Mike’s real, walk-the-talk engagement in the community has given him a diversity of perspectives that he’s put to use for Vermonters. Did you know that during this last session he introduced the agritourism bill that eases the liability of farms that want to expand their business? He got 49 co-sponsors for that bill, and it passed unanimously in both the House and the Senate. To pull off that feat takes perseverance, yes, as well as nuance and experience.
Mike isn’t showy. His years of service is authentic; through action his commitment to doing good for the community is plain to see. As has been exhaustively hashed out, he also has the rare humility and care to listen, then recognize and apologize when he makes a mistake. Remember, in 2019 he voted to support comprehensive abortion rights legislation, which is the actual law of the land now. Fortunately, his erroneous 2022 vote was irrelevant and Vermont voters have the chance this fall to be the first state in the country to secure reproductive rights in its constitution.
I respect the modesty, civility, hard work, constructive engagement and longstanding dedication of Mike Yantachka.
Yantachka’s voting candor is breath of fresh air
To the Editor:
I know Mike Yantachka to be an honest, loyal and engaged public servant who has served Charlotte well for decades. Mike and I served on the Charlotte Central School board during a time of unprecedented transition in education funding (Brigham v. State).
We could depend on Mike to be consistently measured, thoughtful and considerate of the best interest of the students and his broader constituency. He has spent countless hours as a lawmaker on myriad issues whose outcomes were critical to our community. I don’t believe that those who know Mike would ever regard him as a “bait-and-switch” kind of guy, as he was recently characterized in one of our town forums.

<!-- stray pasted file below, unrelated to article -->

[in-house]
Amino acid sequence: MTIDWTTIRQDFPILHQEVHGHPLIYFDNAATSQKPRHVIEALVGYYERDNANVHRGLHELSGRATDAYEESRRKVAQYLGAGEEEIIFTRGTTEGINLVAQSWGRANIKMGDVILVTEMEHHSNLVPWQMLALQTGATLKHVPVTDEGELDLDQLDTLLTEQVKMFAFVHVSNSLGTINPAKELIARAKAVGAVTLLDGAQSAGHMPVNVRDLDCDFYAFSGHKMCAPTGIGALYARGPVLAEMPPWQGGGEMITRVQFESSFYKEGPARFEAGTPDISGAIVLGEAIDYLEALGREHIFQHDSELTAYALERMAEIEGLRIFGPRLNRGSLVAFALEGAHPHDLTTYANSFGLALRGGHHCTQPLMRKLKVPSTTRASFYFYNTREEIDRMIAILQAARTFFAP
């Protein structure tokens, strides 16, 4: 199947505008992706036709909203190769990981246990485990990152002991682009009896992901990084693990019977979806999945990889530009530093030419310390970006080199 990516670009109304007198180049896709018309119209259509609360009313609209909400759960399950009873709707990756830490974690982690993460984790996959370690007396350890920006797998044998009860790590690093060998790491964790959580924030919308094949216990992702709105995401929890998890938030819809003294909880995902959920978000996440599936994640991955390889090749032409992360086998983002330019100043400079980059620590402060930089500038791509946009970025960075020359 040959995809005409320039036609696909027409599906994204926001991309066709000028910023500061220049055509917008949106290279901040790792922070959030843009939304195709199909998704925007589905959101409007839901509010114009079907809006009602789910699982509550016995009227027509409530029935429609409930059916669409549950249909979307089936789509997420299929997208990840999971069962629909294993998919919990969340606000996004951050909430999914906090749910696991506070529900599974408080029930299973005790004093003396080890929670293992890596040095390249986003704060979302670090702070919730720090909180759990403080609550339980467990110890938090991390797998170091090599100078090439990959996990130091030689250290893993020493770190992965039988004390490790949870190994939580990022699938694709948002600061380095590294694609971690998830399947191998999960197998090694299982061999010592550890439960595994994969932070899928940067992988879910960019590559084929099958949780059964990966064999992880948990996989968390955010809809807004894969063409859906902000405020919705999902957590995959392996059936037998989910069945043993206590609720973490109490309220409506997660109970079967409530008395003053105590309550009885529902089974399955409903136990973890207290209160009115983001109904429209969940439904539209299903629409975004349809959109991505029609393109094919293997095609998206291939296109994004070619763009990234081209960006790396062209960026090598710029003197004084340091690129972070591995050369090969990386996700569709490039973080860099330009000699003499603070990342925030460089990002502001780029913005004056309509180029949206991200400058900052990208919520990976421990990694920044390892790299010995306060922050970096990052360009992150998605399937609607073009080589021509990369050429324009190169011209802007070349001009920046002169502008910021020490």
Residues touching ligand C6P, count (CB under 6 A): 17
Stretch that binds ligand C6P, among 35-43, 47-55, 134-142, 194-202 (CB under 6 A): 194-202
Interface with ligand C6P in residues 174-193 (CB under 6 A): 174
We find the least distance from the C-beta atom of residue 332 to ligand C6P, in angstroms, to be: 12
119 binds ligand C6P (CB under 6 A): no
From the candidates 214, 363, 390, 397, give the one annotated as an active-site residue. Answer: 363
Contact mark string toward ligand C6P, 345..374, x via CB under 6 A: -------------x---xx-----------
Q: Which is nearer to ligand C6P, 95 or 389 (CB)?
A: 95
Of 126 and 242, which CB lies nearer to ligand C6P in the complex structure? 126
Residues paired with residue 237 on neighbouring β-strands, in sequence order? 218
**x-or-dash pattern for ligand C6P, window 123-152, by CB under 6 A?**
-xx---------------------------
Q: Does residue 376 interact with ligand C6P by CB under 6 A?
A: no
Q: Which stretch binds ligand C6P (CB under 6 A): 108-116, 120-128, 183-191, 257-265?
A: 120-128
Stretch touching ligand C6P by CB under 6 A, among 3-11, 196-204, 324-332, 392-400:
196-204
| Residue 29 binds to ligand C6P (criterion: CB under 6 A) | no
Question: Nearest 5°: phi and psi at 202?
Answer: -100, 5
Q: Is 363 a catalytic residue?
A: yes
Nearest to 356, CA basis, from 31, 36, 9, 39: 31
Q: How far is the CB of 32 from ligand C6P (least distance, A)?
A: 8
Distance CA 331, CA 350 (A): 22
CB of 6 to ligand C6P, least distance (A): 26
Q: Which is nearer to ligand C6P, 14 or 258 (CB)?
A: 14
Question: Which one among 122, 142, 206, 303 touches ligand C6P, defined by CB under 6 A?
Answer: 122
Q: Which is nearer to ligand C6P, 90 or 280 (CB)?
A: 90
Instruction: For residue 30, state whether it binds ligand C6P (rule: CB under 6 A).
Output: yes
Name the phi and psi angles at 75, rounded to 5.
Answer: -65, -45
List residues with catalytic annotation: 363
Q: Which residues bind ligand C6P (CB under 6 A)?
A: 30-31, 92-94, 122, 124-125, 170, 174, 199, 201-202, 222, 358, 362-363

Not everyone is as clear as I am on reproductive rights. Mike was transparent in publicly stating that he struggled with aspects of the law. Maybe his faith made decisions murkier for him; perhaps he had an epiphany about a woman’s inalienable right to choose and realized he cannot have it both ways; or maybe, if one is especially cynical, he simply succumbed to the lure of political expediency which led him to ultimately voice his support for Prop 5. Regardless of how he got there, when Mike says he supports a constitutional amendment prohibiting government infringement of reproductive autonomy, I take him at his word. These days, a man in politics who explains his voting record, revisits and analyzes the issue at hand, and has the courage to change his mind, is not only an anomaly, he is a breath of fresh air.
Charlotte voters may well decide on a change in leadership for their state representative. Mike may not be the youngest (a fact recently cited) or the prettiest candidate, but he shouldn’t be disqualified for either, nor should he be for taking a circuitous route that ultimately led him to the right destination.
Prop 2 helps end Vermont’s slavery legacy
To the Editor:
This November, Vermont voters have a rare chance to weigh in on not one, but two proposed amendments to the state constitution.
Prop 2 states that “slavery and indentured servitude in any form are prohibited.” Although Vermonters have been told that the state was the first to abolish slavery, this is not accurate. In the current constitution, there are exceptions to the abolition of slavery on three grounds, including for “those bound for payment of debts, damages, fines, costs or the like.”
These exceptions in the Vermont Constitution have led to similar exceptions in the constitutions of 25 other states and in the U.S. Constitution, with its exception for punishment of a crime in the Thirteenth Amendment.
Vermonters, let’s take action during this election cycle to end the morally reprehensible practice of slavery and the legacy of hatred and systemic racism it has given our country. To find out more information or to join the campaign as a volunteer, go to abolishslaveryvt.org/.
(Nina Regan is the wife of Bill Regan, a member of The Charlotte News board of directors.)